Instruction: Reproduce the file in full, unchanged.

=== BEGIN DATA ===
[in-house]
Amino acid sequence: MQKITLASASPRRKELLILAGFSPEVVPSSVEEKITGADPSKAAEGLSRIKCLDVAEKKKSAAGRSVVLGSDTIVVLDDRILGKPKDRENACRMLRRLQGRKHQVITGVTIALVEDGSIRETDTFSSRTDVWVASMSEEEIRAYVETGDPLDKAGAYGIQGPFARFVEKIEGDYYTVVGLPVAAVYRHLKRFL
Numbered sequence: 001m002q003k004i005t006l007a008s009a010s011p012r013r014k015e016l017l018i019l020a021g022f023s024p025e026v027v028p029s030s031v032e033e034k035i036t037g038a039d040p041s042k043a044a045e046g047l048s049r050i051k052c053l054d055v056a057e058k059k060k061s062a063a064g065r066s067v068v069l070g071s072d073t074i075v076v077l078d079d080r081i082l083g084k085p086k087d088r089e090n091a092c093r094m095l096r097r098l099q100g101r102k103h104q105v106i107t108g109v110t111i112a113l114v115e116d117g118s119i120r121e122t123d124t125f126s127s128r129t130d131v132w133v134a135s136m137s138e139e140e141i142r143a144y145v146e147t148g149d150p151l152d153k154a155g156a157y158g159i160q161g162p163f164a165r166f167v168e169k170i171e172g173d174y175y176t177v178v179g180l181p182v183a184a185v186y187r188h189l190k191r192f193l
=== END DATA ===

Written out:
[in-house]
Amino acid sequence: MQKITLASASPRRKELLILAGFSPEVVPSSVEEKITGADPSKAAEGLSRIKCLDVAEKKKSAAGRSVVLGSDTIVVLDDRILGKPKDRENACRMLRRLQGRKHQVITGVTIALVEDGSIRETDTFSSRTDVWVASMSEEEIRAYVETGDPLDKAGAYGIQGPFARFVEKIEGDYYTVVGLPVAAVYRHLKRFL
Numbered sequence: 001m002q003k004i005t006l007a008s009a010s011p012r013r014k015e016l017l018i019l020a021g022f023s024p025e026v027v028p029s030s031v032e033e034k035i036t037g038a039d040p041s042k043a044a045e046g047l048s049r050i051k052c053l054d055v056a057e058k059k060k061s062a063a064g065r066s067v068v069l070g071s072d073t074i075v076v077l078d079d080r081i082l083g084k085p086k087d088r089e090n091a092c093r094m095l096r097r098l099q100g101r102k103h104q105v106i107t108g109v110t111i112a113l114v115e116d117g118s119i120r121e122t123d124t125f126s127s128r129t130d131v132w133v134a135s136m137s138e139e140e141i142r143a144y145v146e147t148g149d150p151l152d153k154a155g156a157y158g159i160q161g162p163f164a165r166f167v168e169k170i171e172g173d174y175y176t177v178v179g180l181p182v183a184a185v186y187r188h189l190k191r192f193l